Julie should be starting college in the fall, but she used up all her savings to bail her mother out of debt. Frustrated and embarrassed, especially when her friend drops money on crazy shopping trips while Julie counts every cent. They wander into a thrift store where Julie discovers an antique painting that reveals a hidden, glowing image in the dark. Locating the rest of the paintings becomes Julie’s obsession; as she tracks down the paintings and the painter’s identity, she discovers that the paintings were made by and tell the story of the Radium Girls – young women who worked in factories, using radium paint to make glow-in-the-dark watches for the soldiers in the trenches of World War I.

The dual narrative keeps the novel moving at a fast pace, but it is Liza and Lydia’s story – the Radium Girls – that gripped me even more than Julie’s. If you haven’t yet read Kate Moore’s Radium Girls, I highly recommend it; the story of the women who were slowly poisoned over time is heartbreaking and infuriating, but so important to read and know. Glow is a great introduction to the subject on a middle school/YA level; the letters from Lydia to her betrothed, Walter, a World War I soldier, give readers the full horror of radium poisoning. These girls – some as young as 13 – were led to believe that the radium paint was safe, even beneficial – one floor manager brags about mixing some into his pudding for health reasons; girls paint their nails, their faces, even paint jewelry on their bodies before they go out on dates. Hindsight, for the reader, is 20/20; I wanted to shriek at them as Lydia described each detail.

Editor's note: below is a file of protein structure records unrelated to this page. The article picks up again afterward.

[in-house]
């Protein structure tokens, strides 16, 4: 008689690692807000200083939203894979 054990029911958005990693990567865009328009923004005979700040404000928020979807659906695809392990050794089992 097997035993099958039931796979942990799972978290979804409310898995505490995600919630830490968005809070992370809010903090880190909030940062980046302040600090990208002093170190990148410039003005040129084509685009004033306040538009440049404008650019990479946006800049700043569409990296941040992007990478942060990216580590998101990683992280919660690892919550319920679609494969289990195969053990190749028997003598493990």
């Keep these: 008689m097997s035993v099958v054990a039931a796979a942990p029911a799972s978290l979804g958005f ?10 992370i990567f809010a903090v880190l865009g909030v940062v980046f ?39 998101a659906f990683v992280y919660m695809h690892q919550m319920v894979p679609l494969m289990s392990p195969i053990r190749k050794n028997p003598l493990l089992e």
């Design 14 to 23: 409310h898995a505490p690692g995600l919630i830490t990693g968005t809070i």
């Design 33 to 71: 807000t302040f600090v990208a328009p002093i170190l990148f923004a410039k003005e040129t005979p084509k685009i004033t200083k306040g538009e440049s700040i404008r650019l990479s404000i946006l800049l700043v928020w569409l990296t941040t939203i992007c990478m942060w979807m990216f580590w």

That said, there are some moments I felt could have been stronger. I didn’t love the romance that felt pushed into the narrative to make it more attractive to teen readers, and the subplot tension between Julie and her mother feels like it’s there just to make readers understand why Julie would be shopping in thrift stores. The driving story here is Lydia and Liza’s story, though; that’s what will stay with you long after the story has ended and you’ve closed the book. An author’s note at the end talks about the Radium Girls and the indignities they suffered when they became ill and tried to come forward.

This one is going on the shelves at my library, and I’ve already told my son’s girlfriend that she has to read it the second it hits shelves. Glow has a powerful, heartbreaking story at its core that you should not miss.